Anyone who knows me knows I am obsessed with horror movies. Always have been. I don’t really know why. I can probably trace it back to having very young parents who never monitored what I watched and let me watch horror movies as a 5 year-old. I’ve loved them for as long as I can remember! I love the feeling of being scared, and knowing when it’s over that everything will be okay. And even when they’re cheesy, I still adore the concept.
So, I thought I’d start my top tens with what, in my opinion, are the greatest horror films of all time. I will try to be objective, so while these may not be MY top ten, they are the ones that I think belong there based on multiple criteria. This was an extremely difficult task for me, but I think I nailed it! So…here goes! WARNING: SPOILERS AHEAD!
10. SAW (2004)
“I wanna play a game.”
Saw introduces us the the infamous Jigsaw, a brutal serial killer who tests his victims’ will through torturous “games.” The irony of the Jigsaw killer is that he is not actually a killer: his victims do the killing for him.
We start out with two strangers waking up in a decrepit public bathroom together, chained up, each with an audio tape with different instructions involving freeing themselves and killing the other, or people will die.
Saw definitely pulls a lot of inspiration from an earlier and similar film, Seven. Many of the themes are similar. As with “John Doe” in Seven, Jigsaw is motivated by the immorality he perceives in the people of this world. Saw was also a revolutionary kick-starter to the “torture porn” sub-genre. While it’s not the first of it’s kind in that category, (Texas Chainsaw Massacre, I Spit on Your Grave preceeded it) it definitely sparked a new era of many gorier films to follow, including Hostel, Turistas, and 8 more Saw films.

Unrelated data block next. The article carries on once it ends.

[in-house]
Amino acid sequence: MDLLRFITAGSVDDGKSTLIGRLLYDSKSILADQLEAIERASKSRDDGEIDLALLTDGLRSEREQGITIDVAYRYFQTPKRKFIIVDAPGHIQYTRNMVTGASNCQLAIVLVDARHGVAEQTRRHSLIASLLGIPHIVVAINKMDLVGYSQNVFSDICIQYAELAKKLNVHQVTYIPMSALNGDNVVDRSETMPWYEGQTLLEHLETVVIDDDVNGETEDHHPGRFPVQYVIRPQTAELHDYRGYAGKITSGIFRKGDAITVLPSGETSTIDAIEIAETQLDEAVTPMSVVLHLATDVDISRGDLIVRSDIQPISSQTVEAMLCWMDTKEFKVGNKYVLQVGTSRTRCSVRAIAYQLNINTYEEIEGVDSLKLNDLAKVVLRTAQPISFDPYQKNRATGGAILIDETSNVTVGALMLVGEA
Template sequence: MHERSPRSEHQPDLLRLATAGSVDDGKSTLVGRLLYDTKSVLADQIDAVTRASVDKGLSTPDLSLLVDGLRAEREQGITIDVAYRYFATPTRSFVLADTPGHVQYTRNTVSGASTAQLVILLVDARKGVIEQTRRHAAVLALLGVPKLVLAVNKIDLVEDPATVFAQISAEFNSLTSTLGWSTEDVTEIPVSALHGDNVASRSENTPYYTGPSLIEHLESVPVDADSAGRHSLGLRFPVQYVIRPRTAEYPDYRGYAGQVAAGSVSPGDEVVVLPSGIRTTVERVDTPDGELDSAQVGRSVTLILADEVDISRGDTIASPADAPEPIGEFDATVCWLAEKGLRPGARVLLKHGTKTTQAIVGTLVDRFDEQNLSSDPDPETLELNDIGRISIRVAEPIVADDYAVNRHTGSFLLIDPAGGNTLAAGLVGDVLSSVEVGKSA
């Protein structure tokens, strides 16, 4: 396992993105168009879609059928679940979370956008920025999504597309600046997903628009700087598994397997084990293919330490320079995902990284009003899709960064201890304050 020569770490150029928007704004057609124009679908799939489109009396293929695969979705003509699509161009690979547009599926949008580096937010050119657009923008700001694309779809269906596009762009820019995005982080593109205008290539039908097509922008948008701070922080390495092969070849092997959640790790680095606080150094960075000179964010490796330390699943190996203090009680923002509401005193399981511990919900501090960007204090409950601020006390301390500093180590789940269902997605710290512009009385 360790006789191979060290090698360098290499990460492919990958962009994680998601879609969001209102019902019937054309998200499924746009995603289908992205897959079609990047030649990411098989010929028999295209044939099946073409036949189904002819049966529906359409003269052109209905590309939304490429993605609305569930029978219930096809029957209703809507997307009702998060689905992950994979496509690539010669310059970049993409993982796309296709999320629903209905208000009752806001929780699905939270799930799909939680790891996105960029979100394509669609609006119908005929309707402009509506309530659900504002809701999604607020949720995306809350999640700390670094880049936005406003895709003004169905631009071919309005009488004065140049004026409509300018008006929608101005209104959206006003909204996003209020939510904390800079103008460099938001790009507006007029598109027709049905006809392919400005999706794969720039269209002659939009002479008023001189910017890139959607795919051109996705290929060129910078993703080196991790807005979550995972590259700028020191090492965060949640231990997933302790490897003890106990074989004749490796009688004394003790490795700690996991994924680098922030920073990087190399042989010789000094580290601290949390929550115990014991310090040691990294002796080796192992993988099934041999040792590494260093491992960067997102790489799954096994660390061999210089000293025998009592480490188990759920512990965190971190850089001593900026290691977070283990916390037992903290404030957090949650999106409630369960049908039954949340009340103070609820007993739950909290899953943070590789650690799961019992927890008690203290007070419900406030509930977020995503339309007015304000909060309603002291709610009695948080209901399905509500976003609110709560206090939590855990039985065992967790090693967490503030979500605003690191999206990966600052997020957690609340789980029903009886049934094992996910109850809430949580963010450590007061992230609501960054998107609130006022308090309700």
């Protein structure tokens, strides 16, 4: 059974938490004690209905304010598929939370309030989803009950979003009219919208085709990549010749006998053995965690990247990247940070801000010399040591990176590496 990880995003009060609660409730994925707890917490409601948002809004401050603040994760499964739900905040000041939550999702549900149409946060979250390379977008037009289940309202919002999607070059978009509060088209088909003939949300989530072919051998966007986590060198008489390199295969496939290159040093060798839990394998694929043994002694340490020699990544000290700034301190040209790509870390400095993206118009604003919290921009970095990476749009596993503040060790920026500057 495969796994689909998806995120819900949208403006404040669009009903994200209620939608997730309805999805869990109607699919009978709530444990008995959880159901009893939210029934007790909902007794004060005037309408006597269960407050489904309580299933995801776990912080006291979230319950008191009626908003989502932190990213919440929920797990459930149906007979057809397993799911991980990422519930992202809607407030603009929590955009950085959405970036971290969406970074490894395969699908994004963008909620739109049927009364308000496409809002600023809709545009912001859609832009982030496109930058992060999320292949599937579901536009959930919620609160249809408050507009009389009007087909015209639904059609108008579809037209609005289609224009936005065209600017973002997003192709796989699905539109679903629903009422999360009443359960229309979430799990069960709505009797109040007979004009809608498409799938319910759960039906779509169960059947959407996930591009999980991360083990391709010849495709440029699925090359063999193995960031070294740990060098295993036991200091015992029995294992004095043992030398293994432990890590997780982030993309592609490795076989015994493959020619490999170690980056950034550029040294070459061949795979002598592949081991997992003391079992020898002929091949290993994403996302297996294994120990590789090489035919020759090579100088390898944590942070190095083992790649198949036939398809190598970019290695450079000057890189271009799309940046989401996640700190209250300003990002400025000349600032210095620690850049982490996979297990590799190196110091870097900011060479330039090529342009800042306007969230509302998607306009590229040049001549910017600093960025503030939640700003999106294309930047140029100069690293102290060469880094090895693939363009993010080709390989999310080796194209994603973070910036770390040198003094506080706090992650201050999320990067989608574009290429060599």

Saw is not only gory, but psychologically taxing as well. And it asks us one of the most primal questions a person can face: Just how far are you willing to go to save your own life, or the life of someone you love? Are you willing to cut off one of your own limbs, or even kill a stranger to ensure your survival?
9. JAWS (1975)
“You’re gonna need a bigger boat.”
With one of the most iconic quotes of all time, along with with of the most recognizable theme songs of all time, Jaws confirms our fears that it is in fact NOT safe to go in the water. This film, based on the Peter Benchley novel of the same name, takes Fourth of July in a sleepy island town and turns it into our worst nightmares. Playing on our innate fear of the unseen, Steven Speilberg brings those fears to life in the form of a huge, man-eating shark.
The genius that is Jaws is that you hardly ever see the shark throughout out the movie. His presence is often implied, with underwater footage and of course, that dreadful music. Dun…dun dun…dun dun dun dun….with 2 simple notes, John Williams created the score that would instantly inspire terror for generations to come. We very rarely see the shark, more often just the results of his feeding frenzy. Speilberg is genius in this effort, borrowing from some of the same strategies Alfred Hitchcock used to create suspense. “A bomb is under the table, and it explodes. That is surprise. A bomb is under the table, and it doesn’t explode. That is suspense.” Using Hitchcock’s strategy of keeping the shark “under the table” for most of the movie results in a huge payoff in terror and suspense.
8. A QUIET PLACE (2018)
“Who are we if we can’t protect them?”
This 2018 film takes us to a post-apocalyptic world where monsters guided only by sound are waiting to kill anyone and everyone. We meet the Abbott family, who are trying to survive while remaining completely silent at all times.
As the movie progresses, we learn that the family is trying to find a way to communicate with others and prepare as the matriarch of the family will soon give birth. They know they must have a plan to cover for the noise and ensure their survival.